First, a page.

I will look at it later today
@pascal thanks for finding the time to review my proposal, but it seems my proposal was a little long, given your comment on my proposal and @r0bby’s on this thread Tips for a successful proposal, 17 pages might have been a little too much. I have done some changes which involves @r0bby’s tips which says, proposals should lead with the template questions, so i moved the answers to those questions right after my abstract as he suggested. Also i tried deleting some details to reduce the number of pages but i could only lay off 1 page. Everything i have so far in my proposal seems very important. And most of the spaces is due to the mockup. @pascal @sunbiz, @r0bby i would be very happy if you could find some time in your busy schedule to look at it’s current state and provide some feedbacks .
And @pascal if you think i have deleted some relevant information, because you told me not to worry about the length, that is not a problem, i used git to manage different versions of proposal, so a simple git reset will bring back everything in my last commit.
17 pages is a bit much – but if it’s largely wireframes – I’d say top out your proposal at 10-12 MAX – I’d say leave it alone unless one of the mentors for your project asks – like i said, not hard and fast.
@r0bby @pascal actually said i should not worry about it. But if you look at it, removing anything will make the idea am conveying not very clear. Just answering the questions asked on the wiki took me 4 pages, so my implentation takes at most 5 pages.
Hi @sunbiz On this talk post most of the developers have agreed to use bintray.com for distributing OWA’s and we are already testing it. I have a few questions 1.Instead of developing modules.openmrs.org, are we going to use Bintray in our project? 2.If we are going to use it,what are our updated project objectives?
Thanks, Vishnu Rao
Hi @vishnurao, Congrats.
My proposal on this would be that, you should still enhance modules.openmrs.org to handle uploading of owas and modules from the UI. But at the backend, you will actually use the bintray rest api to host copies of all the packages on bintray. So that a community member who is not yet familiar with bintray will still have access of all apps and modules from the Modules repository even though they are hosted on bintray. And also apps uploaded from bintray should also be displayed on the modules repo(still with the help of bintray rest api). Good luck.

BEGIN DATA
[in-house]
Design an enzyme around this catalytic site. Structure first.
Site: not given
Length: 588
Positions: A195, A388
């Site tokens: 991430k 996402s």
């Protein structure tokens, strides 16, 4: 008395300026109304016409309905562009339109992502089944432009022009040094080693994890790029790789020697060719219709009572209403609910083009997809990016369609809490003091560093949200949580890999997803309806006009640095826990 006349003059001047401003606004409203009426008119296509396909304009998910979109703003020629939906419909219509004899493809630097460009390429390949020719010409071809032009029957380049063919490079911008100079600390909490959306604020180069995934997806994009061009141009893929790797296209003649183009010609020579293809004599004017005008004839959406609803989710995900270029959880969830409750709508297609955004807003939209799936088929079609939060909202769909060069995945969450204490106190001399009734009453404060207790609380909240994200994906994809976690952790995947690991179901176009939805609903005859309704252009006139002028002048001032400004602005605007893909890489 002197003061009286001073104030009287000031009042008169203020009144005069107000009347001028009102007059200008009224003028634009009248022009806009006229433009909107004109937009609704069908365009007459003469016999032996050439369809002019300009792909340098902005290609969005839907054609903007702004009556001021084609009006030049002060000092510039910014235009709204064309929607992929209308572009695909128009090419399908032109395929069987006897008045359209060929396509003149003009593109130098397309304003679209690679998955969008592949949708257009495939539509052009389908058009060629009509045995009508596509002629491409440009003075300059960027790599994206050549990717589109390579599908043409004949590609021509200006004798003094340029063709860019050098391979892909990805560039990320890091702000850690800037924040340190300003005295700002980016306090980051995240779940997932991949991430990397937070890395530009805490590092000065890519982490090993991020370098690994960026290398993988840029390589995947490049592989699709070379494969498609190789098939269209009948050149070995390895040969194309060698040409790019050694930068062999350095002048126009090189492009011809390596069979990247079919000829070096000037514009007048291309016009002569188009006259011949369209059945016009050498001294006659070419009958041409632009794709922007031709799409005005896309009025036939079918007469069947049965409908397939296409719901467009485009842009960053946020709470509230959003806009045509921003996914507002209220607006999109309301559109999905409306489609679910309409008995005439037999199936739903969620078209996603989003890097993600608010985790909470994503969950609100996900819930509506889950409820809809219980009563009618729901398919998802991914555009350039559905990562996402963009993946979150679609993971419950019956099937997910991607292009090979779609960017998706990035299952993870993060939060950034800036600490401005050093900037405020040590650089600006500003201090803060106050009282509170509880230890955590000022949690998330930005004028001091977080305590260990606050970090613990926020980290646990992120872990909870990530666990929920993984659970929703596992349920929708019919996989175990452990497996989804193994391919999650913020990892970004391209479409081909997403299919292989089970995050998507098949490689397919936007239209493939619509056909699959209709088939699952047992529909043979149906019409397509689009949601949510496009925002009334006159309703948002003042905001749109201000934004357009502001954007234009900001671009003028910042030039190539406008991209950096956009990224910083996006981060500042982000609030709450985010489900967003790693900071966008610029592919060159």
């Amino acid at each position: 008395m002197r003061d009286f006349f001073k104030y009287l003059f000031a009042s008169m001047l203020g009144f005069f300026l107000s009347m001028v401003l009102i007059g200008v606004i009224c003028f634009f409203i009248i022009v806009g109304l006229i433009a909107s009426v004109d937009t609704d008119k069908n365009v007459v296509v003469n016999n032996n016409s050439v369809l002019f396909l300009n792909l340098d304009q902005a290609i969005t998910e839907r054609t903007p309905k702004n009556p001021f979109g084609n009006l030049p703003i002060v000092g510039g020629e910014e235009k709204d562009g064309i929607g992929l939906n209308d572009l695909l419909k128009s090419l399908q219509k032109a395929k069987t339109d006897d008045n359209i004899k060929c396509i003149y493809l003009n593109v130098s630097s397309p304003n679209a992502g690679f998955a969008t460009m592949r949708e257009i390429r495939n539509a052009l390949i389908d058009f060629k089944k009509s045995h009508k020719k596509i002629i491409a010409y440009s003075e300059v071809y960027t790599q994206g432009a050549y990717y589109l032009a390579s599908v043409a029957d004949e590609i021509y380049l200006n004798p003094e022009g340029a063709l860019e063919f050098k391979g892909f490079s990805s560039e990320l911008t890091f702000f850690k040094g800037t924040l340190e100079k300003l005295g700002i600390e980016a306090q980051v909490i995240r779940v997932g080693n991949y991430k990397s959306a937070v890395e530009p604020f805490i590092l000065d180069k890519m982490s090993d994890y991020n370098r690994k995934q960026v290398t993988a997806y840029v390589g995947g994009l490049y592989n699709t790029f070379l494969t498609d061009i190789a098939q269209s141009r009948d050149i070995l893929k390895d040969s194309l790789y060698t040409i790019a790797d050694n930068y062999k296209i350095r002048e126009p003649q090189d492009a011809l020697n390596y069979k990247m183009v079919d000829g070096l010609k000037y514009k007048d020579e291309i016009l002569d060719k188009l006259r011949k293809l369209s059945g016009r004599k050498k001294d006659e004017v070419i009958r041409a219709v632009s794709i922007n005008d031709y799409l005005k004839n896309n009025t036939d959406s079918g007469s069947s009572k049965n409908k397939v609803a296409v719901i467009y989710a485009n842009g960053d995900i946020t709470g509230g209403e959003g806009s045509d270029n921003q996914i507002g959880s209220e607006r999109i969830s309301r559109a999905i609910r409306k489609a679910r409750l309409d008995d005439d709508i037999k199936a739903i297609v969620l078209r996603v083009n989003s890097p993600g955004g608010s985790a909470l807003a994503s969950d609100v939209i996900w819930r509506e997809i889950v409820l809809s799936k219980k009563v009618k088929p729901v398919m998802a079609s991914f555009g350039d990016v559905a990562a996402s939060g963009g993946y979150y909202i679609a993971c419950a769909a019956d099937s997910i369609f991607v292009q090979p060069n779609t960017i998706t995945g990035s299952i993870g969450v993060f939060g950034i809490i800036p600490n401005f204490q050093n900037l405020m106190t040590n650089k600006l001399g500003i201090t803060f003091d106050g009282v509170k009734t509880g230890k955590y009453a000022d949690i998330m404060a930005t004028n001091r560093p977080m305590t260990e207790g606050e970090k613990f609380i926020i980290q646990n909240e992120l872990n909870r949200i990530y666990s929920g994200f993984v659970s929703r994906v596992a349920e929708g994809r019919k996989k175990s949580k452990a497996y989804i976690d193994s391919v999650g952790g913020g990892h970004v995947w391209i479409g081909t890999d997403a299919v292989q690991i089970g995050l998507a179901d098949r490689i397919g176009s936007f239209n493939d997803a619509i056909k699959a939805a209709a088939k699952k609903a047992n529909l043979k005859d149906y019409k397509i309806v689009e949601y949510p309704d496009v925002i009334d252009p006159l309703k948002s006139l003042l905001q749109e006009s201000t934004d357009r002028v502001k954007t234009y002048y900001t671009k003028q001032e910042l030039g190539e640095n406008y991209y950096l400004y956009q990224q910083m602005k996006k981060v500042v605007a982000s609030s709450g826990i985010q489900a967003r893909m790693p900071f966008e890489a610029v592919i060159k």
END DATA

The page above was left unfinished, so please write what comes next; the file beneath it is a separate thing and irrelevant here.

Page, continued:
We can still use modulus to pull metadata – but store the actual binaries on bintray
I’d say store everything on bintray inc. metadata and use the REST client to display all on modules.openmrs.org.
You can easily store custom metadata (supported OpenMRS versions, required modules, etc.) in bintray using attributes https://bintray.com/docs/api/#_get_attributes
Modulus seems like a failed experiment. Nobody in the community seems to want to support it and fix bugs. Let’s use bintray from now-on.
I suggest you consider this approach (as an extension to @raff’s comment):
- build a completely new application from scratch (using a very-popular-today JS framework)
- this is a very thin layer on top of bintray
- no data storage at all for the OWAs, outsource this completely to bintray
- this indexes the OWAs on bintray, and presents a few valuable summaries in an openmrs.org-themed UI
- eventually this should support indexing OWAs across different organizations, e.g. OpenMRS, Bahmni, PIH, Sunbiz, etc.
- show things like most-downloaded, top-rated, most-recently-updated, etc
- could have a data store for features like “OWA of the month” or “included in Reference Application”
- all non-trivial functionality (e.g. giving a rating, downloading an old version) is just a link to bintray
- The scope of this GSoC project is just to build our “OWA App Store” but be aware that this should eventually replace Modulus for our OMOD files also.
FYI this GSoC project is perfect for modifying Modulus UI to bintray.com . I agree with everything @darius said. HOWEVER, I don’t think starting from scratch is a good idea – let’s use what’s there and what works and refactor it to work with bintray.com.
I brought this up as a larger discussion here:
If we don’t do it now – it will never get done.
Please continue discussion in #dev or request a new category